In this article, we’ll discuss who can file motion for summary judgment and how the whole process plays out in court. Keep reading to learn more.
What Is a Summary Judgment Motion?
A motion for summary judgment is when a litigant in a case, either the plaintiff or the defendant, asks the court to end the case without holding a trial. A motion for summary judgment may be filed when one side believes that the evidence gathered during discovery shows that there is no longer any dispute left in the facts. Therefore the case can be decided on the law alone.
So, who can file a motion for summary judgment? In Texas, summary judgment motions can be filed by any party in a case under Texas Rule of Civil Procedure 166a to bring an end to claims, counterclaims, or cross-claims. A summary judgment determination by the court relies mainly on the law. Therefore, an attorney who understands the applicable case law related to the underlying claims and can navigate the waters of deep legal research is paramount to filing and winning a summary judgment motion.
Who Can File a Motion for Summary Judgment?
Any party in a case can file a motion for summary judgment through their attorney or cross-motion for summary judgment as part of a response to a motion for summary judgment. This means that the plaintiff, who brought the case to the court, or the defendant, who is defending themselves in the case, may file summary judgment motions to try to bring part of the case, or the whole case, to an end.
In addition, if there are multiple plaintiffs or defendants, sometimes called “multi-party litigation.” Any of the litigants in the case may file a summary judgment motion as to those claims and defenses that pertain specifically to them.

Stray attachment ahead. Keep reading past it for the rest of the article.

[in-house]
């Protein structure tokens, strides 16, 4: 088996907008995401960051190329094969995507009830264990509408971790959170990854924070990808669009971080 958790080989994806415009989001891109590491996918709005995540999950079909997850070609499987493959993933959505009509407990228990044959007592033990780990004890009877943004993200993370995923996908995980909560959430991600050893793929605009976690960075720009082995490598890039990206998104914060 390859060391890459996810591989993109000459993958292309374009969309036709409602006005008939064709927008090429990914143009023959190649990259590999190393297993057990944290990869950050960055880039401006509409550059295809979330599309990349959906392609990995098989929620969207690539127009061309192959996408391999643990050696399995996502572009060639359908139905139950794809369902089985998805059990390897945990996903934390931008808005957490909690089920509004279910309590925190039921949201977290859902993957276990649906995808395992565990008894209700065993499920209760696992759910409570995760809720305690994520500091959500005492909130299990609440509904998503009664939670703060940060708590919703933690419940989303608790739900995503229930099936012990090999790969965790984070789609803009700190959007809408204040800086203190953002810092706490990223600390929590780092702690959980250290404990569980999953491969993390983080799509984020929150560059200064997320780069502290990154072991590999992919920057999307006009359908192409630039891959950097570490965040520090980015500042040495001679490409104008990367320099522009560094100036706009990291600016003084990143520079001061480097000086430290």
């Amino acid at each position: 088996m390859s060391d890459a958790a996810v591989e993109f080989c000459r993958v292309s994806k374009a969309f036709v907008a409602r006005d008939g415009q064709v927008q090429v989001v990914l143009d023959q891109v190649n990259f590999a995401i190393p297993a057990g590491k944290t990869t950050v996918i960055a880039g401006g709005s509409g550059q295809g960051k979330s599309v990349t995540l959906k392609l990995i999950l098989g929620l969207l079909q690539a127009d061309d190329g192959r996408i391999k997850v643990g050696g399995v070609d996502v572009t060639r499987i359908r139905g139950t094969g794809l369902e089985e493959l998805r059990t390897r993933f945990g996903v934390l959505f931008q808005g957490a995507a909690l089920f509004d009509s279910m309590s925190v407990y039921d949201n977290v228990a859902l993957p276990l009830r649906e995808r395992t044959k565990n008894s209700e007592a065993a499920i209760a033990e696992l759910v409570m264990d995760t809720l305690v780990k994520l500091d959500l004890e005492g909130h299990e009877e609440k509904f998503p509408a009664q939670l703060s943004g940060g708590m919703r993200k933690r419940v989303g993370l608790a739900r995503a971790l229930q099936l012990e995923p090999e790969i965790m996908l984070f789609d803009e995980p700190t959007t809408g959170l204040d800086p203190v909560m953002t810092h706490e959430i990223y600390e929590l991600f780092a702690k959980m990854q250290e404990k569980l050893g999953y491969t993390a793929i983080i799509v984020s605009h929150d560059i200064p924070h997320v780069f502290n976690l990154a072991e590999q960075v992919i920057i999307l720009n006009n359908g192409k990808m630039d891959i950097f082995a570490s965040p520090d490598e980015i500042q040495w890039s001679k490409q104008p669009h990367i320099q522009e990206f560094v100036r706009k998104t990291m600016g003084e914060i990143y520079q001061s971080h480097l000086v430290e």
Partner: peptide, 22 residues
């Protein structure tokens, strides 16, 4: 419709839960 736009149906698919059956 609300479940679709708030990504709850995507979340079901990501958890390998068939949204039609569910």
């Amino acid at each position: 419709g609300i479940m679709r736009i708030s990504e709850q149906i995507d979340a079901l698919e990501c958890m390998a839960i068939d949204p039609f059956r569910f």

To file a strong motion for summary judgment, a party will want to include facts that cannot be refuted – and these may come in the form of declarations, affidavits, deposition testimony, documents, admissions, and answers to interrogatories. Any such evidence must be accompanied by a statement of facts, which serves as a roadmap to the evidence for the court to review to determine if summary judgment should be granted.
Motion for Partial Summary Judgment
A motion for partial summary judgment only attacks some of the issues in a case, meaning that the entire case will not end once the motion is decided. For example, parties may seek summary judgment on some issues, claims, or defenses in a case to help strengthen their position in the litigation and leverage a settlement from the other side. Often a complex case with many claims can be reduced to just a handful of claims when the other side has fired multiple volleys of summary judgment.
Responding to and Opposing a Motion for Summary Judgment
The party responding to a motion for summary judgment by filing an opposition to a motion for summary judgment is trying to keep their claims or defenses alive. So, to successfully defeat a summary judgment motion, the opposing party will want to submit evidence showing that there are still issues of fact in dispute.
Like the filing party, the opposing party will submit a statement of facts serving as a roadmap to their evidence which shows that issues of fact remain. The opposing party hopes that the court will deny summary judgment and allow the case to proceed to a factfinder, either judge or jury. A summary judgment motion is heavily steeped in legal arguments, primarily case law. Working with an attorney expert in researching cases, drafting pleadings, and making oral arguments is crucial for responding to a motion for summary judgment.
What Is a Cross-Motion for Summary Judgment?
A cross-motion for summary judgment is basically a recasting or recharacterizing of the facts a party submits for summary judgment to show the opposite outcome is warranted, based on the same or substantially similar facts (occasionally, a few more points will be added). Therefore, a cross-motion for summary judgment is ‘using the filing party’s motion against them’ to achieve the opposite result.
Get Legal Help with Filing a Summary Judgment Motion Today
At the Law Offices of Kretzer and Volberding P.C., our litigation attorneys are well-versed in the procedures for summary judgment and know precisely when to move for summary judgment. Our Texas judgment collection attorneys fully understand how the process works and will do everything in their power to help you. Contact attorneys Seth Kretzer and James Volberding today through our website or phone at 713-775-3050 to get started.